According to Elliott, around 875 students have visited school campuses for different activities — with about 406 of those students being at the schools for athletic practices. The students are being screened, have their temperatures taken and wear masks when appropriate, he said. While most students have not been able to enter school buildings, the school system has allowed exceptional children (70 students) and pre-K students (91 children) to participate in in-person learning.

Approximately 155 children of employees have attended the day camp program provided by after-school staff to allow teachers to continue to work. Others arriving to school campuses included about 20 students for driver education, 85 for one-time services (such as speech assistance) and 48 students who accessed Career and Technical Education labs.

“We’ve slowly been reintroducing students into campus and school,” Elliott said. “It’s been good for all of us to see.”

Elliott mentioned that the school system has had positive cases among employees and students, but that none at that point had been contracted at school but were transmissions within families. None of the positive cases have been through the pre-K program, he said.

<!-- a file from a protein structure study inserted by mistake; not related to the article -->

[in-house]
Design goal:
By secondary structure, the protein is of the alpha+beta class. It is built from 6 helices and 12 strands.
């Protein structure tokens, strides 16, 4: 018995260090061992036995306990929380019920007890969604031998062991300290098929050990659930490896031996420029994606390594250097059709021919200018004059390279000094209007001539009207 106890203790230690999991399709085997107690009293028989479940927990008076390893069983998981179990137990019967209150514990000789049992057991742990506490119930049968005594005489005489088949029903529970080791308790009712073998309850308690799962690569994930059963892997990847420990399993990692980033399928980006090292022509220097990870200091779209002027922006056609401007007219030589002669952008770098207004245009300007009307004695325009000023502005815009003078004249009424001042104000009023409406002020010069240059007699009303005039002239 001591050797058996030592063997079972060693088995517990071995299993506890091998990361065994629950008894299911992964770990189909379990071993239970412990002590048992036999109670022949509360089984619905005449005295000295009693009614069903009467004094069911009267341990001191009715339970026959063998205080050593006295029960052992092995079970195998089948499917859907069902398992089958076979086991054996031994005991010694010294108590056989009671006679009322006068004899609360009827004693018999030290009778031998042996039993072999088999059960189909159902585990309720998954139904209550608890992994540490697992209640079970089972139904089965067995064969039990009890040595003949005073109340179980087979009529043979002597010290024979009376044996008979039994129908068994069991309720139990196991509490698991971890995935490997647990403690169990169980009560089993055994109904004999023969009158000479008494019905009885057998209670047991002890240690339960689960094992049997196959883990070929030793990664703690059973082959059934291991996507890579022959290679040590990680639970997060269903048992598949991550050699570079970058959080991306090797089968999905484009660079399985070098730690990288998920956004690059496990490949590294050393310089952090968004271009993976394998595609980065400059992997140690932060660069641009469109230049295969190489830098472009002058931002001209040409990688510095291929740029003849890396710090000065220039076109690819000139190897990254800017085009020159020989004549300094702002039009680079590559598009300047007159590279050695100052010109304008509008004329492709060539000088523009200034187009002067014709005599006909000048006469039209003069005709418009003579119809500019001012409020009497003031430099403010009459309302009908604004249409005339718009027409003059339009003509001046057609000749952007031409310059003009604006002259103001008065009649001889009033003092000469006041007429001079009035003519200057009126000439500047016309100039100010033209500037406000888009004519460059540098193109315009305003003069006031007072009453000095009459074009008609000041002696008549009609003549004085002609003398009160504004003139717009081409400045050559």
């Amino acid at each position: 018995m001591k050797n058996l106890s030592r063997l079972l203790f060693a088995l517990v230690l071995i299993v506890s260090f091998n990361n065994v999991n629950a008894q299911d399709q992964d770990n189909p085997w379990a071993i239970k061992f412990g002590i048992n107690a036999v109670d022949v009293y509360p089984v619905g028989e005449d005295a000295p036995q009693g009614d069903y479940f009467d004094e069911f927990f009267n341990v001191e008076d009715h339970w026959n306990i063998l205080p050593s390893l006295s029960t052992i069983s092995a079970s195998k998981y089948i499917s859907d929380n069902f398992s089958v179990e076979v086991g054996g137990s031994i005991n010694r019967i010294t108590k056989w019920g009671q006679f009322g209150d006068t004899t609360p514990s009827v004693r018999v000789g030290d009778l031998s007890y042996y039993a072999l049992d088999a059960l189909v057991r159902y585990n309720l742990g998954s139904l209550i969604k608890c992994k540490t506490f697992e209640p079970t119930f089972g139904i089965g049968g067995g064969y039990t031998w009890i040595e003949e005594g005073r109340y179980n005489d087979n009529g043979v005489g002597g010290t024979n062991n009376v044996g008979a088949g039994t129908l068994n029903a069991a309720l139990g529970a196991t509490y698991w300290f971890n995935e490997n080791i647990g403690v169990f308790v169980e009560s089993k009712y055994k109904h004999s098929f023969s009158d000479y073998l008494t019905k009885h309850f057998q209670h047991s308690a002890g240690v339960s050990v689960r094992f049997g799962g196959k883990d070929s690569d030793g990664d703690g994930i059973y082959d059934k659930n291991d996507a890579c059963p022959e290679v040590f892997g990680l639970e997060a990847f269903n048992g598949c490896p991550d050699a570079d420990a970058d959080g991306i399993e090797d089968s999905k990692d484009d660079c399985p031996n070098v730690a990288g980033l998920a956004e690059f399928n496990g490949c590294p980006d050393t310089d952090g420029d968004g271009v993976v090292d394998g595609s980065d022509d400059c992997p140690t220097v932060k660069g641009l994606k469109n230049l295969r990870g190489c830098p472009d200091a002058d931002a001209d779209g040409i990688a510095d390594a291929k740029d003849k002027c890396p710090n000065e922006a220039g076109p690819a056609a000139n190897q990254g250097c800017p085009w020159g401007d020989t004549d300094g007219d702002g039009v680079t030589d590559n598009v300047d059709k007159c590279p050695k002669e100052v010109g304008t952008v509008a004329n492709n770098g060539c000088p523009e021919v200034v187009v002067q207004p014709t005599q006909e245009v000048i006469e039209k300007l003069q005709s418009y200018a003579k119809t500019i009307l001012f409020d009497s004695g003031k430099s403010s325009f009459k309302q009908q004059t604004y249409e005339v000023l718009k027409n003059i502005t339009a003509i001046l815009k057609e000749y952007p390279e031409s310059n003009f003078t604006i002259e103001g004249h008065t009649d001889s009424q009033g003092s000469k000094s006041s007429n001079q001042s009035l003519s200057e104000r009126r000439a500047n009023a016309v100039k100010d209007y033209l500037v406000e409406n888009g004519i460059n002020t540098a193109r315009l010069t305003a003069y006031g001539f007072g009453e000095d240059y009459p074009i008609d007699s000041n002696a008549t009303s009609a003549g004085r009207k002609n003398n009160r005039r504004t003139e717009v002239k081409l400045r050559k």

Elliott added that he couldn’t say that every single teacher is comfortable and ready for students to return to the schools, but that a significant number of teachers are prepared for students to come back.

“We have some teachers and staff members who would go get the kids at their houses and bring them to school tonight if they could have them back in school,” Elliott said. “We have some staff members who still have significant concerns about the reintroduction of students back into the building either because of their own health concerns or the generalized anxiety we all have about COVID-19. There’s a wide range of levels of readiness and concerns.”

AppHealthCare Health Director Jen Greene provided the board with an overview of COVID-19 metrics in Watauga County and trends her agency is experiencing. Childers asked Greene if the county was at a point where the virus is contained enough that she thinks that the board should consider having students in buildings. Greene added that the county has had an increase in COVID-19 cases, but not to the severity that they worried could happen.

“It’s not as dramatic of an increase as what I feared it might be at this point,” Greene said. “It doesn’t mean it couldn’t be, and I hope it doesn’t.”